I reached Tahurangi Lodge perched at 1,492 metre in under 2 hours. This is the point I reached on attempt one and couldn't go any further due to the amount of snow and ice. However, after a couple of conversations with fellow trampers in the lodge, today was sounding much more promising, even though the weather was changing non-stop from blue skies to thick mist and back. Re-hydrated and refuelled, I set off into Hongi Valley, eventually coming out onto the steep scoria slopes. The slopes of loose scree are incredibly energy sapping. With each step i sink and slide. I take it slow, stopping frequently to regain my energy, appreciate the views when the mist clears, showing blue skies and to regain my bearings.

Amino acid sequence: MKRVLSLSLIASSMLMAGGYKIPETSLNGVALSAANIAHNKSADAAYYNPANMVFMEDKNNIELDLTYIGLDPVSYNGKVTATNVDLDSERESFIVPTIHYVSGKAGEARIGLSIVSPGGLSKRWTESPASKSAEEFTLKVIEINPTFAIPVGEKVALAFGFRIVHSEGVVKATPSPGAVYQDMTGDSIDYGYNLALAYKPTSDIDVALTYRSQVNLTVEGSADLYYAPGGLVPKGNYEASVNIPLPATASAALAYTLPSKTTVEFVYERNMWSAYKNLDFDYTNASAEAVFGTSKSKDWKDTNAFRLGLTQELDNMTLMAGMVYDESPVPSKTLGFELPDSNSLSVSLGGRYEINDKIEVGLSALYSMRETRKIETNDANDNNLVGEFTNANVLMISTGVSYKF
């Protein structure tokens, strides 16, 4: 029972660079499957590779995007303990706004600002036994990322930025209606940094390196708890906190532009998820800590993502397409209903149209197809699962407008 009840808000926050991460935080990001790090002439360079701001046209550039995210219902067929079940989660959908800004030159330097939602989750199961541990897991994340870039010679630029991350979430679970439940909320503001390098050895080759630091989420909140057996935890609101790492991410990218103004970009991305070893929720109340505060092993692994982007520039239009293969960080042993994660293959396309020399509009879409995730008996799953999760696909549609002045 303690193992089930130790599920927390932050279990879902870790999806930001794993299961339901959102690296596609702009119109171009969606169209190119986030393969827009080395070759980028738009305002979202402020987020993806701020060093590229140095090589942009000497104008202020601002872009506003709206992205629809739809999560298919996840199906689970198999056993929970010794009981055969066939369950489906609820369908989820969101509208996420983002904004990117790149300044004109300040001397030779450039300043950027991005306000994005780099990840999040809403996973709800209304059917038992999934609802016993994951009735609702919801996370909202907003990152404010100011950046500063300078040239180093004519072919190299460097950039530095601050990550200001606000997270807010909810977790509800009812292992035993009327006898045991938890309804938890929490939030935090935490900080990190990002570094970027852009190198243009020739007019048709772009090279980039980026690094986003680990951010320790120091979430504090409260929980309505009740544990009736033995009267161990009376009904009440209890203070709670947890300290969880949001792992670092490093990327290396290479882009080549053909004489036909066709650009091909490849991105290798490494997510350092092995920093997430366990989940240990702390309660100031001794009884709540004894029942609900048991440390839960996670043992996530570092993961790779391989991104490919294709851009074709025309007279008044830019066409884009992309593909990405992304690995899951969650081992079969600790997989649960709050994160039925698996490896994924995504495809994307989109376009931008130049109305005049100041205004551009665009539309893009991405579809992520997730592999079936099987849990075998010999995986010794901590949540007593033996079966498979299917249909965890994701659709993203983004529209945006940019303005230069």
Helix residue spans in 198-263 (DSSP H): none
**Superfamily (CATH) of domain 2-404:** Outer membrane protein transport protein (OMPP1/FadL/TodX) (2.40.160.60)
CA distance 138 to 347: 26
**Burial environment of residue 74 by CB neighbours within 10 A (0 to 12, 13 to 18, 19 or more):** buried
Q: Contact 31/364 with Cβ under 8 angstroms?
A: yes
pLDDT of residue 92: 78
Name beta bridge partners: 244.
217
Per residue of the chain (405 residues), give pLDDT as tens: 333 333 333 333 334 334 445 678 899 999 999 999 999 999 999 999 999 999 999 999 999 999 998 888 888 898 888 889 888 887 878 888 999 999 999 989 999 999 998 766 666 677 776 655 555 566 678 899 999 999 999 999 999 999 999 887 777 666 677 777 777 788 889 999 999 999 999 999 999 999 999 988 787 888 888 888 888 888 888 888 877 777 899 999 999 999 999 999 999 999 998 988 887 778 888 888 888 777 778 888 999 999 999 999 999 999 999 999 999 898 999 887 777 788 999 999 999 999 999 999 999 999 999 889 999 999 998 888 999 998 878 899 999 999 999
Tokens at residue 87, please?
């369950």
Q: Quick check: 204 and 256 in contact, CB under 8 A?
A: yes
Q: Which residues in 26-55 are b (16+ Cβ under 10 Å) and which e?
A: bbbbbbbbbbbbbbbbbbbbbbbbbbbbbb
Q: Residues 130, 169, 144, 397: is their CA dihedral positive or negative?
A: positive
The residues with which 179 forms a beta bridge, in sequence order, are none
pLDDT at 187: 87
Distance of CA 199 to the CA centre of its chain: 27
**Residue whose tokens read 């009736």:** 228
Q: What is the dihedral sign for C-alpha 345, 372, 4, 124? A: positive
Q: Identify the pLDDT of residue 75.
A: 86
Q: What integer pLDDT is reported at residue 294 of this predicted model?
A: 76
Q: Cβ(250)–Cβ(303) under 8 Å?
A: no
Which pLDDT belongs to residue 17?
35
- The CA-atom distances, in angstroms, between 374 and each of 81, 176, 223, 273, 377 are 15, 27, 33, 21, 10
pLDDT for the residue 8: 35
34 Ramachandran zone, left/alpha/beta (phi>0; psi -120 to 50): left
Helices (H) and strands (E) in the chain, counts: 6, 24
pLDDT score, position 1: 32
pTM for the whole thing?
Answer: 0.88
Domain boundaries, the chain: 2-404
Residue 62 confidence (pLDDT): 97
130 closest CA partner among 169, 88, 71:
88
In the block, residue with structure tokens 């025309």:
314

The lizard slowly appears into sight. No, not a real lizard but a steep, rocking trail which leads up to the crater. Climbing from rock to rock, I slowly but surely weave my way up the craggy mountain side. Occasionally stopping to look back and down to see just how far and how high I had come. It's frightening! It's steep, so steep. I push on.
Onwards and upwards, I eventually arrive at the ice and snow filled crater. It's breathtaking, absolutely incredible. It's like a different world. I make my way across the crater before completing the final climb to the summit.